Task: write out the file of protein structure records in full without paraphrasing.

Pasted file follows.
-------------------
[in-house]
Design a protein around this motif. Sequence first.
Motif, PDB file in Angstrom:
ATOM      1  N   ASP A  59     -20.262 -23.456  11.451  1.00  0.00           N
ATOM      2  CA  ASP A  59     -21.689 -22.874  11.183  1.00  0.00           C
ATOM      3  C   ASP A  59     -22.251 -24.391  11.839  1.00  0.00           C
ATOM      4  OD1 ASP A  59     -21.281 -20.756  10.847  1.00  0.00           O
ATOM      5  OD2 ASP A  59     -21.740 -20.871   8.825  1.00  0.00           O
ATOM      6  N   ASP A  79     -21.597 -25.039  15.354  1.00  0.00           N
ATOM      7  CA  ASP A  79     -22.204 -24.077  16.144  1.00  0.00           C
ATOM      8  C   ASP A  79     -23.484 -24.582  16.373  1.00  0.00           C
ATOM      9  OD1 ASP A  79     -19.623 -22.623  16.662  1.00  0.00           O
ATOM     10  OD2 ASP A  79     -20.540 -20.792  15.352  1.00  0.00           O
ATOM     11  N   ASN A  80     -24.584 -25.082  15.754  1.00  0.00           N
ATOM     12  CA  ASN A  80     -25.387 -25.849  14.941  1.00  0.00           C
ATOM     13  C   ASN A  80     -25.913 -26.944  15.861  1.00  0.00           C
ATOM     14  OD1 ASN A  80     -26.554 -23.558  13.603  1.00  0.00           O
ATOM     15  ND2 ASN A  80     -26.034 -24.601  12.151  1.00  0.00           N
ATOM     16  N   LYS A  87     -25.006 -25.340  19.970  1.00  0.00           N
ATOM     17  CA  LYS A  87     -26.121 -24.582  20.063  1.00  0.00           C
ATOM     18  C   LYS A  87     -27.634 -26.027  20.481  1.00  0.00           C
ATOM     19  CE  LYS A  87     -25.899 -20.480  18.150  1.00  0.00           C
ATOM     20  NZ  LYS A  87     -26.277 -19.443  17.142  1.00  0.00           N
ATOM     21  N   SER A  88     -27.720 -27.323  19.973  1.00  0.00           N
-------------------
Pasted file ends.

[in-house]
Design a protein around this motif. Sequence first.
Motif, PDB file in Angstrom:
ATOM      1  N   ASP A  59     -20.262 -23.456  11.451  1.00  0.00           N
ATOM      2  CA  ASP A  59     -21.689 -22.874  11.183  1.00  0.00           C
ATOM      3  C   ASP A  59     -22.251 -24.391  11.839  1.00  0.00           C
ATOM      4  OD1 ASP A  59     -21.281 -20.756  10.847  1.00  0.00           O
ATOM      5  OD2 ASP A  59     -21.740 -20.871   8.825  1.00  0.00           O
ATOM      6  N   ASP A  79     -21.597 -25.039  15.354  1.00  0.00           N
ATOM      7  CA  ASP A  79     -22.204 -24.077  16.144  1.00  0.00           C
ATOM      8  C   ASP A  79     -23.484 -24.582  16.373  1.00  0.00           C
ATOM      9  OD1 ASP A  79     -19.623 -22.623  16.662  1.00  0.00           O
ATOM     10  OD2 ASP A  79     -20.540 -20.792  15.352  1.00  0.00           O
ATOM     11  N   ASN A  80     -24.584 -25.082  15.754  1.00  0.00           N
ATOM     12  CA  ASN A  80     -25.387 -25.849  14.941  1.00  0.00           C
ATOM     13  C   ASN A  80     -25.913 -26.944  15.861  1.00  0.00           C
ATOM     14  OD1 ASN A  80     -26.554 -23.558  13.603  1.00  0.00           O
ATOM     15  ND2 ASN A  80     -26.034 -24.601  12.151  1.00  0.00           N
ATOM     16  N   LYS A  87     -25.006 -25.340  19.970  1.00  0.00           N
ATOM     17  CA  LYS A  87     -26.121 -24.582  20.063  1.00  0.00           C
ATOM     18  C   LYS A  87     -27.634 -26.027  20.481  1.00  0.00           C
ATOM     19  CE  LYS A  87     -25.899 -20.480  18.150  1.00  0.00           C
ATOM     20  NZ  LYS A  87     -26.277 -19.443  17.142  1.00  0.00           N
ATOM     21  N   SER A  88     -27.720 -27.323  19.973  1.00  0.00           N